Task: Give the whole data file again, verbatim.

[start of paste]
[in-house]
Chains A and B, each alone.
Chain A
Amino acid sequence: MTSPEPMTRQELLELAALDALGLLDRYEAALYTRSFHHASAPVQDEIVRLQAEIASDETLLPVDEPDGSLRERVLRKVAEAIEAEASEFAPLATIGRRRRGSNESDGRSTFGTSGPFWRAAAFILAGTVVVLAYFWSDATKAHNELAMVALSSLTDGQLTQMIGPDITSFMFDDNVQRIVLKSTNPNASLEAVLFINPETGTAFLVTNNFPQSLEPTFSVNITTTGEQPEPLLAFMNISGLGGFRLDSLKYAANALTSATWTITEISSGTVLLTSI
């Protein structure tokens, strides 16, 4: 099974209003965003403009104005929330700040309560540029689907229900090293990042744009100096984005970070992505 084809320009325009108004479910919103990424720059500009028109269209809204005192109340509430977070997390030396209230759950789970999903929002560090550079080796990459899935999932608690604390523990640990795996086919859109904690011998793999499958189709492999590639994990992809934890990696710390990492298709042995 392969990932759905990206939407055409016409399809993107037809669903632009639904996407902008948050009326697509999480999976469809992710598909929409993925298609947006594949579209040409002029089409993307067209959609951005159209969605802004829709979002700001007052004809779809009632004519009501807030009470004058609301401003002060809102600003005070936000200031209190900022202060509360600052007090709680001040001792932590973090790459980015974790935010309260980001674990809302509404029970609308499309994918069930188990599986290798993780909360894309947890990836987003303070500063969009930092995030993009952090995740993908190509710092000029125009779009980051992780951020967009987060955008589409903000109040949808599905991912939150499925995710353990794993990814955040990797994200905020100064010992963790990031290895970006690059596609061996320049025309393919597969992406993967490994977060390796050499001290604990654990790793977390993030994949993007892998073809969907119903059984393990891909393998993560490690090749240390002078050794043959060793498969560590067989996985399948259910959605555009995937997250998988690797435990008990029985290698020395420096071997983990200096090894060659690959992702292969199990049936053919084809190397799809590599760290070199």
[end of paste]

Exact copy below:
[in-house]
Chains A and B, each alone.
Chain A
Amino acid sequence: MTSPEPMTRQELLELAALDALGLLDRYEAALYTRSFHHASAPVQDEIVRLQAEIASDETLLPVDEPDGSLRERVLRKVAEAIEAEASEFAPLATIGRRRRGSNESDGRSTFGTSGPFWRAAAFILAGTVVVLAYFWSDATKAHNELAMVALSSLTDGQLTQMIGPDITSFMFDDNVQRIVLKSTNPNASLEAVLFINPETGTAFLVTNNFPQSLEPTFSVNITTTGEQPEPLLAFMNISGLGGFRLDSLKYAANALTSATWTITEISSGTVLLTSI
């Protein structure tokens, strides 16, 4: 099974209003965003403009104005929330700040309560540029689907229900090293990042744009100096984005970070992505 084809320009325009108004479910919103990424720059500009028109269209809204005192109340509430977070997390030396209230759950789970999903929002560090550079080796990459899935999932608690604390523990640990795996086919859109904690011998793999499958189709492999590639994990992809934890990696710390990492298709042995 392969990932759905990206939407055409016409399809993107037809669903632009639904996407902008948050009326697509999480999976469809992710598909929409993925298609947006594949579209040409002029089409993307067209959609951005159209969605802004829709979002700001007052004809779809009632004519009501807030009470004058609301401003002060809102600003005070936000200031209190900022202060509360600052007090709680001040001792932590973090790459980015974790935010309260980001674990809302509404029970609308499309994918069930188990599986290798993780909360894309947890990836987003303070500063969009930092995030993009952090995740993908190509710092000029125009779009980051992780951020967009987060955008589409903000109040949808599905991912939150499925995710353990794993990814955040990797994200905020100064010992963790990031290895970006690059596609061996320049025309393919597969992406993967490994977060390796050499001290604990654990790793977390993030994949993007892998073809969907119903059984393990891909393998993560490690090749240390002078050794043959060793498969560590067989996985399948259910959605555009995937997250998988690797435990008990029985290698020395420096071997983990200096090894060659690959992702292969199990049936053919084809190397799809590599760290070199």